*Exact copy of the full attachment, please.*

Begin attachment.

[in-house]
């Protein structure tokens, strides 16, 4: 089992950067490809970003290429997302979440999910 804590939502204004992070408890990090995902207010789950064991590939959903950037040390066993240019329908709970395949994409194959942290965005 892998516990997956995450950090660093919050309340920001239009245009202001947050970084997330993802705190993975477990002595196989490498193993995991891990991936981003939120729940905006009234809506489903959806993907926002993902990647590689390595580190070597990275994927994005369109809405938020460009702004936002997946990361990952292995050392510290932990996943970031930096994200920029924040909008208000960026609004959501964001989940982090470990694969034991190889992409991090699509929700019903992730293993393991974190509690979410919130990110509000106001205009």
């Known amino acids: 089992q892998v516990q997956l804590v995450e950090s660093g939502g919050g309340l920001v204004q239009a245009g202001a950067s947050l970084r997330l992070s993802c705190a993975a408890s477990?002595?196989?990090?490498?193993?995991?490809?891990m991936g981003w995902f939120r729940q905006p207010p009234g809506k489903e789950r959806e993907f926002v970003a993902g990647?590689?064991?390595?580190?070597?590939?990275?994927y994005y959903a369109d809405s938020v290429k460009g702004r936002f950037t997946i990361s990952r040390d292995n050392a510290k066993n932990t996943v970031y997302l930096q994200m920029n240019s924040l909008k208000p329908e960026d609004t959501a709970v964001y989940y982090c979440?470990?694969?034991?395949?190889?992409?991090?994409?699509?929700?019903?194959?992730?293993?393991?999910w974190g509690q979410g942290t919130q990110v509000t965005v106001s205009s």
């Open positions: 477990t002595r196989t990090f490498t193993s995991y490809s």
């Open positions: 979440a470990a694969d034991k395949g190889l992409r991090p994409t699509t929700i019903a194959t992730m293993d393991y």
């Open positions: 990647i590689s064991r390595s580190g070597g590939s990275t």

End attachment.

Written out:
[in-house]
């Protein structure tokens, strides 16, 4: 089992950067490809970003290429997302979440999910 804590939502204004992070408890990090995902207010789950064991590939959903950037040390066993240019329908709970395949994409194959942290965005 892998516990997956995450950090660093919050309340920001239009245009202001947050970084997330993802705190993975477990002595196989490498193993995991891990991936981003939120729940905006009234809506489903959806993907926002993902990647590689390595580190070597990275994927994005369109809405938020460009702004936002997946990361990952292995050392510290932990996943970031930096994200920029924040909008208000960026609004959501964001989940982090470990694969034991190889992409991090699509929700019903992730293993393991974190509690979410919130990110509000106001205009």
């Known amino acids: 089992q892998v516990q997956l804590v995450e950090s660093g939502g919050g309340l920001v204004q239009a245009g202001a950067s947050l970084r997330l992070s993802c705190a993975a408890s477990?002595?196989?990090?490498?193993?995991?490809?891990m991936g981003w995902f939120r729940q905006p207010p009234g809506k489903e789950r959806e993907f926002v970003a993902g990647?590689?064991?390595?580190?070597?590939?990275?994927y994005y959903a369109d809405s938020v290429k460009g702004r936002f950037t997946i990361s990952r040390d292995n050392a510290k066993n932990t996943v970031y997302l930096q994200m920029n240019s924040l909008k208000p329908e960026d609004t959501a709970v964001y989940y982090c979440?470990?694969?034991?395949?190889?992409?991090?994409?699509?929700?019903?194959?992730?293993?393991?999910w974190g509690q979410g942290t919130q990110v509000t965005v106001s205009s």
């Open positions: 477990t002595r196989t990090f490498t193993s995991y490809s």
């Open positions: 979440a470990a694969d034991k395949g190889l992409r991090p994409t699509t929700i019903a194959t992730m293993d393991y």
């Open positions: 990647i590689s064991r390595s580190g070597g590939s990275t």